Advocating on Behalf of the American Military and Defense on the War on Terror

As the Obama administration readies for a rush of applications from young illegal immigrants seeking work permits, a new study predicts one of the largest contingents will come from the Bay Area, perhaps more than from all of Arizona.

And while the majority of the applicants here and across the country were born in Mexico, the Bay Area also has a large number of Asian immigrant youths who are likely to benefit from the new policy.

More than 46,000 Bay Area immigrants who are younger than 31 and were brought to the country illegally when they were children could immediately qualify for two-year, renewable work permits and protection from being deported. Another 19,000 here are children younger than 15 who could benefit when they grow older, according to the estimates by the Immigration Policy Center, an advocacy and research group based in Washington, D.C.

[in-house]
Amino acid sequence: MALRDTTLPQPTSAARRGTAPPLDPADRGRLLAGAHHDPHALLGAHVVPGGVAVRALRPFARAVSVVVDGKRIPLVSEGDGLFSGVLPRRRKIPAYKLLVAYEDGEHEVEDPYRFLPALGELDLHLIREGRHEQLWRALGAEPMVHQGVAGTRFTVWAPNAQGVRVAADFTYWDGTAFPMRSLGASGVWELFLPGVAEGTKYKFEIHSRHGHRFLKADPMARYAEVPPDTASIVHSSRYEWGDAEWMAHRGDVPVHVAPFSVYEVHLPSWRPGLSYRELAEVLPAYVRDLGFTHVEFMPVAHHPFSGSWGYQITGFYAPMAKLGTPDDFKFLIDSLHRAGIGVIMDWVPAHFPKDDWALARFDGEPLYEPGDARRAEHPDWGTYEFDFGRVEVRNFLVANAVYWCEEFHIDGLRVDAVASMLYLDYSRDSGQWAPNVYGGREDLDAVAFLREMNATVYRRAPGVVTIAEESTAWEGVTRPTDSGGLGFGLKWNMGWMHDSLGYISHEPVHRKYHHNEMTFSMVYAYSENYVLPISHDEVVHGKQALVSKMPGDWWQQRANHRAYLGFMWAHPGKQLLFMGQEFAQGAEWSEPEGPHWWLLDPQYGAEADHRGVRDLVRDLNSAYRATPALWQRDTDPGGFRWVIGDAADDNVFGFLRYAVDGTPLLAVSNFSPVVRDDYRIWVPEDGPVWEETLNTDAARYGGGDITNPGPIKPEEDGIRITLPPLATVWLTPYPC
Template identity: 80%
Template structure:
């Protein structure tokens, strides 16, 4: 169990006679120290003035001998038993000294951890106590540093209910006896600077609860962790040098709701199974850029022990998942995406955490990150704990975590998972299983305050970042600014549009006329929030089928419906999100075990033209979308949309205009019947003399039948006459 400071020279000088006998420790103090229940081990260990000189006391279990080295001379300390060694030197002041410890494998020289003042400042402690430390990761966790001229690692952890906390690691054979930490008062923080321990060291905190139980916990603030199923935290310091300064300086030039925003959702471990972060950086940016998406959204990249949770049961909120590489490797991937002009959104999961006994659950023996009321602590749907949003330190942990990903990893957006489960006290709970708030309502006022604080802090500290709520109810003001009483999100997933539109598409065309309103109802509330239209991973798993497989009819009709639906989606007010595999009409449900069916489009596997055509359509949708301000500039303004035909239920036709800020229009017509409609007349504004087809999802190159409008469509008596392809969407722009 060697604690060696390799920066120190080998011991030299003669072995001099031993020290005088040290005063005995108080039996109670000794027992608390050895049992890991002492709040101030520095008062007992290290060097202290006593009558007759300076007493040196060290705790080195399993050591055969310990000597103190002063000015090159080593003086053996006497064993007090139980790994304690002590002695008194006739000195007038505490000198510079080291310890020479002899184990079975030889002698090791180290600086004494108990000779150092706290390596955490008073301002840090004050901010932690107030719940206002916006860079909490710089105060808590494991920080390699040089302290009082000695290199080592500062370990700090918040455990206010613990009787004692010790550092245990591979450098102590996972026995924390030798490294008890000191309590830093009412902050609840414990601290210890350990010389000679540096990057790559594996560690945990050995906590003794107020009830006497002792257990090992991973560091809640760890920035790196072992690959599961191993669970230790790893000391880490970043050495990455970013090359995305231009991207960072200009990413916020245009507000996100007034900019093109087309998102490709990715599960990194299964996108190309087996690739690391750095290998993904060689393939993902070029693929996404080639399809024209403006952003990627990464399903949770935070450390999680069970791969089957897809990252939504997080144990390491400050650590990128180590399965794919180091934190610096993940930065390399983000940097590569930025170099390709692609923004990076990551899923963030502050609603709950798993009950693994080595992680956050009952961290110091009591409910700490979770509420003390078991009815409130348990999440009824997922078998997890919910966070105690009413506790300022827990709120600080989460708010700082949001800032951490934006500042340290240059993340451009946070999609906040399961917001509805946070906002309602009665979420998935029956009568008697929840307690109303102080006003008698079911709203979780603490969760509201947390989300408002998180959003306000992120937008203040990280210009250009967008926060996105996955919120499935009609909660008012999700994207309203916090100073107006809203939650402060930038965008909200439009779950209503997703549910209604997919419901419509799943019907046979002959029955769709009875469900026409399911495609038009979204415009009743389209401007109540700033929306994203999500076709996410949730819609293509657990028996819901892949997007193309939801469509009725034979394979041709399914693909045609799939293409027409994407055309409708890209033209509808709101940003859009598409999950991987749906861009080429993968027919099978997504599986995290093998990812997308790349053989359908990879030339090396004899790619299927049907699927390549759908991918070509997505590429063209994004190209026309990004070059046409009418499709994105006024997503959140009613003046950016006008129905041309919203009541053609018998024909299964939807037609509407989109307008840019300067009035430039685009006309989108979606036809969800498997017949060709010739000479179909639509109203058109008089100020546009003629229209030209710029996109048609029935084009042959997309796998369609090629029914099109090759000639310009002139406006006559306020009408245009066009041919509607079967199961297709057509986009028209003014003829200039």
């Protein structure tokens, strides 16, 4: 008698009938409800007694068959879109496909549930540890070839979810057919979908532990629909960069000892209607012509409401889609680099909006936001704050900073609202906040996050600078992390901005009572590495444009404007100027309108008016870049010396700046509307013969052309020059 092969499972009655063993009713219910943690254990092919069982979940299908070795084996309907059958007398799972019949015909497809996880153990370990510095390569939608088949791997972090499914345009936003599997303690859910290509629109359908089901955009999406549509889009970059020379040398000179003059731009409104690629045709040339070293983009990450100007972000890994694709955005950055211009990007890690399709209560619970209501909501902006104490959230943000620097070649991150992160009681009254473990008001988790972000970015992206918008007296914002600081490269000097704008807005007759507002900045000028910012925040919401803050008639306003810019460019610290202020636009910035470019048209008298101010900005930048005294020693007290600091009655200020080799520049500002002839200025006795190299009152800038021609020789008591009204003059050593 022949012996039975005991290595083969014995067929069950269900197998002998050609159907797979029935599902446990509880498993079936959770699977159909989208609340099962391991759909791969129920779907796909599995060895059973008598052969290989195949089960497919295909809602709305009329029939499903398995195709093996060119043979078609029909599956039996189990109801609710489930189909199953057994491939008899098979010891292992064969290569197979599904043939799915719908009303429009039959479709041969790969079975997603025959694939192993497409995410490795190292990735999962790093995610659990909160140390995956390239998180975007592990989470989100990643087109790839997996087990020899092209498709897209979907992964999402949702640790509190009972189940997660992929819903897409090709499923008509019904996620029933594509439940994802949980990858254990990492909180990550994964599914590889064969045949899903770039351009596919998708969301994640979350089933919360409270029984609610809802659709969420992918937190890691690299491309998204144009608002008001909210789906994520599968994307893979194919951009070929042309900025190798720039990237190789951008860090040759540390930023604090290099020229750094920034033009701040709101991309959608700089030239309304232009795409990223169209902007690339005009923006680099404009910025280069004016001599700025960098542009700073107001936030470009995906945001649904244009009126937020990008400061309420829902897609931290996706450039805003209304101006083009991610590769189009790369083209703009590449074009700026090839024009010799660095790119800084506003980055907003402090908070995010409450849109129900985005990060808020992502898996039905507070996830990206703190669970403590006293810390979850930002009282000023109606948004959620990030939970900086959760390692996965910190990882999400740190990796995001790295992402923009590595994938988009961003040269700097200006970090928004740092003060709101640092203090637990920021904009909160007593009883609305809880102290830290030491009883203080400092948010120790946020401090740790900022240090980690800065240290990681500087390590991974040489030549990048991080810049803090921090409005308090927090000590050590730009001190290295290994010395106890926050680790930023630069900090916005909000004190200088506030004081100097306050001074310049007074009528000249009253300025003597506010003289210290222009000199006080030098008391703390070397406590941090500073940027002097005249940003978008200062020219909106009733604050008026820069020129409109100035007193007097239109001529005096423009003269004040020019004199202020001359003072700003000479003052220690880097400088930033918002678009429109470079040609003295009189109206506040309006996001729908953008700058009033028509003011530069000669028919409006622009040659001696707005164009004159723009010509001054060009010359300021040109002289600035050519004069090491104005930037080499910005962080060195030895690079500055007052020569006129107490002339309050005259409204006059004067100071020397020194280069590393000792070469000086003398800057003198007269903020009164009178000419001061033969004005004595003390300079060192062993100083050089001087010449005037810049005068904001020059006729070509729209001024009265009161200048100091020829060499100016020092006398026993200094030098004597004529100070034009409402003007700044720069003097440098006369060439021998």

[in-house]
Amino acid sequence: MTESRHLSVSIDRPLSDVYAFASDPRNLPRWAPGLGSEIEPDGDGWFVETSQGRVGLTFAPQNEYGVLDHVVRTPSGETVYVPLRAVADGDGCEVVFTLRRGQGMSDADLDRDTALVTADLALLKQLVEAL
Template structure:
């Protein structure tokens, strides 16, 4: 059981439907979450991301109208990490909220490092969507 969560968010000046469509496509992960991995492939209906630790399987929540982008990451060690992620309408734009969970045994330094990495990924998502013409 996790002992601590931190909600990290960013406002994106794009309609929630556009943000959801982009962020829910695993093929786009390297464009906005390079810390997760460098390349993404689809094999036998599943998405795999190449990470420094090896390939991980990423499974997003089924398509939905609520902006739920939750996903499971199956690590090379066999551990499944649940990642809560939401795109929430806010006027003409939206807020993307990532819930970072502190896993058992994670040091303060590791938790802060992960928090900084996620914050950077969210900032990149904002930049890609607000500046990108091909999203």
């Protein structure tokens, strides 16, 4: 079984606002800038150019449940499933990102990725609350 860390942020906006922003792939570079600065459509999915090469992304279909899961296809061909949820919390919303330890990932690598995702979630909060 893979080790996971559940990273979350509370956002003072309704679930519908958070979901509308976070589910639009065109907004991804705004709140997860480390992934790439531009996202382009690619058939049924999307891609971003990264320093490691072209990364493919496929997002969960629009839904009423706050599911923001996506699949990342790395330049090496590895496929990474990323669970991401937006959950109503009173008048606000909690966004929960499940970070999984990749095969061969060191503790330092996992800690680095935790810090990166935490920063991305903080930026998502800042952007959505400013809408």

That's about 65,000 young immigrants eligible for relief, more than the 53,000 estimated in the entire state of Arizona and the roughly 39,000 each in New Jersey and Georgia. California as a whole has about 30 percent of all potential beneficiaries.

Nationwide, the policy center joins other researchers in saying nearly 1 million could immediately qualify when the policy takes effect Aug. 15, but the center is the first to make regional estimates.